English Language & Linguistics

Amalia Arvaniti part of National Science Foundation-funded team

4 April 2014

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Professor Amalia Arvaniti, Head of English Language & Linguistics, is part of a team that has just won a US National Science Foundation (NSF) research grant under the direction of Dr Douglas H. Whalen (Haskins Laboratories, Yale University) and Dr Yi Xu (UCL). The title of the project is 'Common Prosody Platform for Testing Theories and Models of Speech Prosody'.

Prosody – the patterns of stress and intonation in language – plays an important role in the complex mapping between meaning and the spoken expression of words, phrases and sentences; it is critical to our understanding of human communication and to our ability to exploit prosodic information in both automated language production and meaning recognition. Prosody research has seen significant development in recent decades, and numerous theories and computational models have been proposed. However, many fundamental issues remain unresolved and some are still under heated debate. This lack of consensus has resulted in slow advances in developing speech applications with capabilities for processing prosody. This project is a collaborative effort to accelerate progress in prosody research by developing a Common Prosody Platform (CPP). The CPP will consist of an open-access website that hosts a collection of trainable models, each implementing a major theory of prosody.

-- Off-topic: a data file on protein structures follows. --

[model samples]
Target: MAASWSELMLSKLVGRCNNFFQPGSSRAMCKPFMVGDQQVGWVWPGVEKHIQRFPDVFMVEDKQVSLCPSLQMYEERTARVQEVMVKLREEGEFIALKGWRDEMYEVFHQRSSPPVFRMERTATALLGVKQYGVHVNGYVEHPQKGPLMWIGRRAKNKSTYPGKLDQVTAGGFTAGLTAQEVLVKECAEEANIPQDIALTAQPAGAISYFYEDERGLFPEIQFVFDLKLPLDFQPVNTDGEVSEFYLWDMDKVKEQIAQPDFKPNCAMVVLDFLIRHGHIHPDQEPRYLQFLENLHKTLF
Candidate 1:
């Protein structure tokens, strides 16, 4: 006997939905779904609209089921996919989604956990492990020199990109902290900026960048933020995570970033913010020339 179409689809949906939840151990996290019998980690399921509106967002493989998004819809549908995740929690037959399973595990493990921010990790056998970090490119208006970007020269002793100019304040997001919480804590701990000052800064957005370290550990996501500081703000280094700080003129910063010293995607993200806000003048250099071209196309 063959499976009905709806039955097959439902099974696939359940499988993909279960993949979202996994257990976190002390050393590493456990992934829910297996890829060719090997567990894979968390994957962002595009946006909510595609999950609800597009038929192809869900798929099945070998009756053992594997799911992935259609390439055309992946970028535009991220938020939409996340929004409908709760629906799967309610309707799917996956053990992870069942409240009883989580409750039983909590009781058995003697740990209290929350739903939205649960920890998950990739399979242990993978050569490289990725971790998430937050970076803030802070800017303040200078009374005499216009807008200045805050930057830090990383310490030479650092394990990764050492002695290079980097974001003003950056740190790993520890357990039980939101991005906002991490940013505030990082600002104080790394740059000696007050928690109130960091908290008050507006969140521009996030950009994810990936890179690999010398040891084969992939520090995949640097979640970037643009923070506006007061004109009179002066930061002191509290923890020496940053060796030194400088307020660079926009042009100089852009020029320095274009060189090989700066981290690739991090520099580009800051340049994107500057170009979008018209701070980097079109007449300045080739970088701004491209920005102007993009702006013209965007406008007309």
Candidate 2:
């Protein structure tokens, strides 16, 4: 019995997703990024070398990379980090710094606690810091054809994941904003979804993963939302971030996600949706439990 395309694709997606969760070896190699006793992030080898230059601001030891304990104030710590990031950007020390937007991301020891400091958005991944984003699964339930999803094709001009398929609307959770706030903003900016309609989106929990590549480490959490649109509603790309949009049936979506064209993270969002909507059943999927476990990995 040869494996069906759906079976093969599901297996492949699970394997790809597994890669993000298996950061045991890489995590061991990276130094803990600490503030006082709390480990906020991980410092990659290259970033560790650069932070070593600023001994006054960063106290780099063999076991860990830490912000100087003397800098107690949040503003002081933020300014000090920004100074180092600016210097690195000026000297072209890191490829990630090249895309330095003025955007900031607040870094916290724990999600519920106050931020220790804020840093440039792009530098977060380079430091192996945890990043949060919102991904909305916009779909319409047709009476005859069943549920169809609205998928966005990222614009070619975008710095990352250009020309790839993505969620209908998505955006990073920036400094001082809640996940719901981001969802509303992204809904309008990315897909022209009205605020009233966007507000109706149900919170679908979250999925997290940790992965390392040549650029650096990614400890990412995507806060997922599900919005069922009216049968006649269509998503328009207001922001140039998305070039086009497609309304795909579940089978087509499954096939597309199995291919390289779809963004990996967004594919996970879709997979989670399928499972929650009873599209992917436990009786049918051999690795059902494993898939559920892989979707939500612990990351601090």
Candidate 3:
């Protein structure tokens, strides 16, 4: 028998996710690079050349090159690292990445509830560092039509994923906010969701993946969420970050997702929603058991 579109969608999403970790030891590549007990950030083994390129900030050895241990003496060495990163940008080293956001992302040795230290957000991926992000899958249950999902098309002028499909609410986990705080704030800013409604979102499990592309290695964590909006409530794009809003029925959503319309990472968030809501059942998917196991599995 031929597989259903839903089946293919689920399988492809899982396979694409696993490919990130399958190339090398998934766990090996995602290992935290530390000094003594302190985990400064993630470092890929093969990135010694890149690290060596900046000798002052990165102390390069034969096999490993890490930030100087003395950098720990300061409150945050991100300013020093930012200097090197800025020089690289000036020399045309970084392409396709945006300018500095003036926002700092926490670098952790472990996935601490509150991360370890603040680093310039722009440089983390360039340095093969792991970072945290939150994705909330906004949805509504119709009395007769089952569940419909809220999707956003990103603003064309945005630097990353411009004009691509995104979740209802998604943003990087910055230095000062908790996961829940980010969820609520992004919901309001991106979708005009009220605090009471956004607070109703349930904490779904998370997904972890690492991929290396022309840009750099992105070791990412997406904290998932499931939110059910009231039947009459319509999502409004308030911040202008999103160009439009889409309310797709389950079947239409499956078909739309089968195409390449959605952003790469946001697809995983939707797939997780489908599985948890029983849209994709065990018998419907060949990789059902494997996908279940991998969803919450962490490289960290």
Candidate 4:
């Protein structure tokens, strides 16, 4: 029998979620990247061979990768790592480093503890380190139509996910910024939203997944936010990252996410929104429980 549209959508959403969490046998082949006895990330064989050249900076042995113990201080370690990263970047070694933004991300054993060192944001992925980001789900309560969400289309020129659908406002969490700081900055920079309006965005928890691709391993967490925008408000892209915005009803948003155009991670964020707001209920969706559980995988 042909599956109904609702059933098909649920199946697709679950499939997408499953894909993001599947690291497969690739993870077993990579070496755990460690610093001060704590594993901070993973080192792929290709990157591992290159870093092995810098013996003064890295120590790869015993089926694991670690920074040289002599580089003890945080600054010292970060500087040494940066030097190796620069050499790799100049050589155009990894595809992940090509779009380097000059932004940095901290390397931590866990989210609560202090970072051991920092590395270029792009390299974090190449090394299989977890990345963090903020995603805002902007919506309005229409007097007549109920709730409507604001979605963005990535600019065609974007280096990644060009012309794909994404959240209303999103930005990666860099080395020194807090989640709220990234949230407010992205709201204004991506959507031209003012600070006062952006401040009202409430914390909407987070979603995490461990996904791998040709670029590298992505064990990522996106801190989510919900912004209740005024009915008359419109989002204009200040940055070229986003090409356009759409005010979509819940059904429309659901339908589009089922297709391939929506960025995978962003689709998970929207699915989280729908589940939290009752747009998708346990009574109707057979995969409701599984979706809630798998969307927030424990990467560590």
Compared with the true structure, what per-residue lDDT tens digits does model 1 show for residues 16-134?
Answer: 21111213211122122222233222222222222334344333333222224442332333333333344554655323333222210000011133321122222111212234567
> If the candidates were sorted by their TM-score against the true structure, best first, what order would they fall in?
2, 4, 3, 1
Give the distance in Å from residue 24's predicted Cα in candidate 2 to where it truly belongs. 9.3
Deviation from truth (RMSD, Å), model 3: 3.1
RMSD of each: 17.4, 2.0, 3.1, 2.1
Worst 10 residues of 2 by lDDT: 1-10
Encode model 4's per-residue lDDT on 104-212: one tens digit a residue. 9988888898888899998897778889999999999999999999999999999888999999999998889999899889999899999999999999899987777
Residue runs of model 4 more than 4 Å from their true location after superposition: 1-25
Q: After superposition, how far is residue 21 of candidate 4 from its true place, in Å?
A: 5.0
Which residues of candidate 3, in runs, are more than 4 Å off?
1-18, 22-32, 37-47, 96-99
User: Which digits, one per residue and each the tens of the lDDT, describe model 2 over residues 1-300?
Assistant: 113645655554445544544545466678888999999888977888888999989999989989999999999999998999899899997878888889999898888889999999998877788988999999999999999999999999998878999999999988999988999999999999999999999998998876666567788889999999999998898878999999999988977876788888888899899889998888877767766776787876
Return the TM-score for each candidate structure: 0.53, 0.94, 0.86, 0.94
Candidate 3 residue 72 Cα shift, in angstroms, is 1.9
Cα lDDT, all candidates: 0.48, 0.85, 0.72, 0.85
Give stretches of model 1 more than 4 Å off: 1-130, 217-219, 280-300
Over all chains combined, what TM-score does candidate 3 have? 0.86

The development of a CPP will help bridge the current gaps between theoretical conceptualization, empirical investigation and computational modelling. It is hoped that the resulting CPP will be readily transferable to applied areas, including speech technology, language teaching and speech communication disorders.

For full details of the award, please see the NSF page here:
www.nsf.gov/awardsearch/showAward?AWD_ID=1355479&HistoricalAwards=false


English Language & Linguistics, School of European Culture and Languages, University of Kent, Canterbury, Kent, CT2 7NF

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Last Updated: 23/01/2014